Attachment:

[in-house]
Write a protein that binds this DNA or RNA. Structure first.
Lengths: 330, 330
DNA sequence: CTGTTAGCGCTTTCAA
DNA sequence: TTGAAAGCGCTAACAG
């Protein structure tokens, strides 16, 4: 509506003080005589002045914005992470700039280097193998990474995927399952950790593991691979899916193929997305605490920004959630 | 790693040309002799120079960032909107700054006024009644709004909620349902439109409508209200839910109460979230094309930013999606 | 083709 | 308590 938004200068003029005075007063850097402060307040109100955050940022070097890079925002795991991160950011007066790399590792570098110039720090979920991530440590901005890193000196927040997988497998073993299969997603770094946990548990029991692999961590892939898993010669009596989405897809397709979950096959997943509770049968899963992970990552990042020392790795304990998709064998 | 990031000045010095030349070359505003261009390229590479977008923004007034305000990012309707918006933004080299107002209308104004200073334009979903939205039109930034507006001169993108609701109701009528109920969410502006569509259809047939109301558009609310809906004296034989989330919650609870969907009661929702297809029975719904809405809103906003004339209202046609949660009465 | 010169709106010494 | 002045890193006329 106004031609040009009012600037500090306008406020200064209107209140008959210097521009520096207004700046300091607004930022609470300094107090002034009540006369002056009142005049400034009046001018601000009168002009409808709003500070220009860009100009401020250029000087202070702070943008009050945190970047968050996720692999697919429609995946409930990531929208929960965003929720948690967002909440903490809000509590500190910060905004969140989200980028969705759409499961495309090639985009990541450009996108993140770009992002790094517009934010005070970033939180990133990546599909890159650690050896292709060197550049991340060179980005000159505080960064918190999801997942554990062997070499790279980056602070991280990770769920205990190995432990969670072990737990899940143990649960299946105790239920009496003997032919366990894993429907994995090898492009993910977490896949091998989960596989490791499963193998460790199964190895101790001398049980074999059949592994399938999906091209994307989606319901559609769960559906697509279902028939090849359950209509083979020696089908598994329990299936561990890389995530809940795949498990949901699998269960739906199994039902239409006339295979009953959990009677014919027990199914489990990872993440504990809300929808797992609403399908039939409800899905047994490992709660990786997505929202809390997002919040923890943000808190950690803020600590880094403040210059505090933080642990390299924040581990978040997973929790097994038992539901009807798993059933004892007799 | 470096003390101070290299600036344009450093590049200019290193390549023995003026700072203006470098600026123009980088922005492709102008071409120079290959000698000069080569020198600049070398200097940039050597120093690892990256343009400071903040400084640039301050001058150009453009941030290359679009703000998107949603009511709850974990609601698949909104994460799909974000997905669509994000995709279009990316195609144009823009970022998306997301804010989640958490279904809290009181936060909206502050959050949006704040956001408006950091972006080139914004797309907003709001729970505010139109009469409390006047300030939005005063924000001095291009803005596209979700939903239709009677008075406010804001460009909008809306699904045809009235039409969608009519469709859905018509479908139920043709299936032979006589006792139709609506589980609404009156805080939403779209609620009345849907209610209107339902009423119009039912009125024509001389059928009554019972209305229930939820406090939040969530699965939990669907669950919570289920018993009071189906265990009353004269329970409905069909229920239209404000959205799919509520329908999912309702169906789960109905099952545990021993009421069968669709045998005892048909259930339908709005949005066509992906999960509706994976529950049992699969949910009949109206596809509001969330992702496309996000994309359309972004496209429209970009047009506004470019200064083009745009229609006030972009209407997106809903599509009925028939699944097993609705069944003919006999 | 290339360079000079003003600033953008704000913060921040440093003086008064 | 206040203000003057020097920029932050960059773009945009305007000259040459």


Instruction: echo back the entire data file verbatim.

[in-house]
Write a protein that binds this DNA or RNA. Structure first.
Lengths: 330, 330
DNA sequence: CTGTTAGCGCTTTCAA
DNA sequence: TTGAAAGCGCTAACAG
């Protein structure tokens, strides 16, 4: 509506003080005589002045914005992470700039280097193998990474995927399952950790593991691979899916193929997305605490920004959630 | 790693040309002799120079960032909107700054006024009644709004909620349902439109409508209200839910109460979230094309930013999606 | 083709 | 308590 938004200068003029005075007063850097402060307040109100955050940022070097890079925002795991991160950011007066790399590792570098110039720090979920991530440590901005890193000196927040997988497998073993299969997603770094946990548990029991692999961590892939898993010669009596989405897809397709979950096959997943509770049968899963992970990552990042020392790795304990998709064998 | 990031000045010095030349070359505003261009390229590479977008923004007034305000990012309707918006933004080299107002209308104004200073334009979903939205039109930034507006001169993108609701109701009528109920969410502006569509259809047939109301558009609310809906004296034989989330919650609870969907009661929702297809029975719904809405809103906003004339209202046609949660009465 | 010169709106010494 | 002045890193006329 106004031609040009009012600037500090306008406020200064209107209140008959210097521009520096207004700046300091607004930022609470300094107090002034009540006369002056009142005049400034009046001018601000009168002009409808709003500070220009860009100009401020250029000087202070702070943008009050945190970047968050996720692999697919429609995946409930990531929208929960965003929720948690967002909440903490809000509590500190910060905004969140989200980028969705759409499961495309090639985009990541450009996108993140770009992002790094517009934010005070970033939180990133990546599909890159650690050896292709060197550049991340060179980005000159505080960064918190999801997942554990062997070499790279980056602070991280990770769920205990190995432990969670072990737990899940143990649960299946105790239920009496003997032919366990894993429907994995090898492009993910977490896949091998989960596989490791499963193998460790199964190895101790001398049980074999059949592994399938999906091209994307989606319901559609769960559906697509279902028939090849359950209509083979020696089908598994329990299936561990890389995530809940795949498990949901699998269960739906199994039902239409006339295979009953959990009677014919027990199914489990990872993440504990809300929808797992609403399908039939409800899905047994490992709660990786997505929202809390997002919040923890943000808190950690803020600590880094403040210059505090933080642990390299924040581990978040997973929790097994038992539901009807798993059933004892007799 | 470096003390101070290299600036344009450093590049200019290193390549023995003026700072203006470098600026123009980088922005492709102008071409120079290959000698000069080569020198600049070398200097940039050597120093690892990256343009400071903040400084640039301050001058150009453009941030290359679009703000998107949603009511709850974990609601698949909104994460799909974000997905669509994000995709279009990316195609144009823009970022998306997301804010989640958490279904809290009181936060909206502050959050949006704040956001408006950091972006080139914004797309907003709001729970505010139109009469409390006047300030939005005063924000001095291009803005596209979700939903239709009677008075406010804001460009909008809306699904045809009235039409969608009519469709859905018509479908139920043709299936032979006589006792139709609506589980609404009156805080939403779209609620009345849907209610209107339902009423119009039912009125024509001389059928009554019972209305229930939820406090939040969530699965939990669907669950919570289920018993009071189906265990009353004269329970409905069909229920239209404000959205799919509520329908999912309702169906789960109905099952545990021993009421069968669709045998005892048909259930339908709005949005066509992906999960509706994976529950049992699969949910009949109206596809509001969330992702496309996000994309359309972004496209429209970009047009506004470019200064083009745009229609006030972009209407997106809903599509009925028939699944097993609705069944003919006999 | 290339360079000079003003600033953008704000913060921040440093003086008064 | 206040203000003057020097920029932050960059773009945009305007000259040459």